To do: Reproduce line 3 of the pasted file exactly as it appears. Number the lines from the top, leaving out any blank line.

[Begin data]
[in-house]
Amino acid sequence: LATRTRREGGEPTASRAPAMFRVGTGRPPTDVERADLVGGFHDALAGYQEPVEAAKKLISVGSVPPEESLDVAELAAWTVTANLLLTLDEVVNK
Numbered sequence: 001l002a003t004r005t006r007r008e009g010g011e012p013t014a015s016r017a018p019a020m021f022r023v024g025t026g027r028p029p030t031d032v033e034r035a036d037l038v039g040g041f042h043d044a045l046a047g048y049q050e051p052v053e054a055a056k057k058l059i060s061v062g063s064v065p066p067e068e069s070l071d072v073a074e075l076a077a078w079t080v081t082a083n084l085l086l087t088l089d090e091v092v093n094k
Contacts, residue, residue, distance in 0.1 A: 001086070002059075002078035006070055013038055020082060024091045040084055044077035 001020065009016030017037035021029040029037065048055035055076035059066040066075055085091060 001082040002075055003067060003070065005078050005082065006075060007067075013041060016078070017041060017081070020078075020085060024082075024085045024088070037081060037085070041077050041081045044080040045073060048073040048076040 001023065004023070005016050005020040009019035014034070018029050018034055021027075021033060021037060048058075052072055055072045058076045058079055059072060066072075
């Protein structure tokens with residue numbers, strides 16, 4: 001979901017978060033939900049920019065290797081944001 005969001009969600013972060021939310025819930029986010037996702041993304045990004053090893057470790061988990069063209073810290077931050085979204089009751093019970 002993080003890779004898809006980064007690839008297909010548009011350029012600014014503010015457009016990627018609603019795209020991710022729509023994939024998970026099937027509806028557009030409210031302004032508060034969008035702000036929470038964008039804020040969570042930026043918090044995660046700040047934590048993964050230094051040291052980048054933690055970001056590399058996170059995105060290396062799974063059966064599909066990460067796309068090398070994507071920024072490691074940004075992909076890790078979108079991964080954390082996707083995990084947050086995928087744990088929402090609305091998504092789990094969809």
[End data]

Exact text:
Numbered sequence: 001l002a003t004r005t006r007r008e009g010g011e012p013t014a015s016r017a018p019a020m021f022r023v024g025t026g027r028p029p030t031d032v033e034r035a036d037l038v039g040g041f042h043d044a045l046a047g048y049q050e051p052v053e054a055a056k057k058l059i060s061v062g063s064v065p066p067e068e069s070l071d072v073a074e075l076a077a078w079t080v081t082a083n084l085l086l087t088l089d090e091v092v093n094k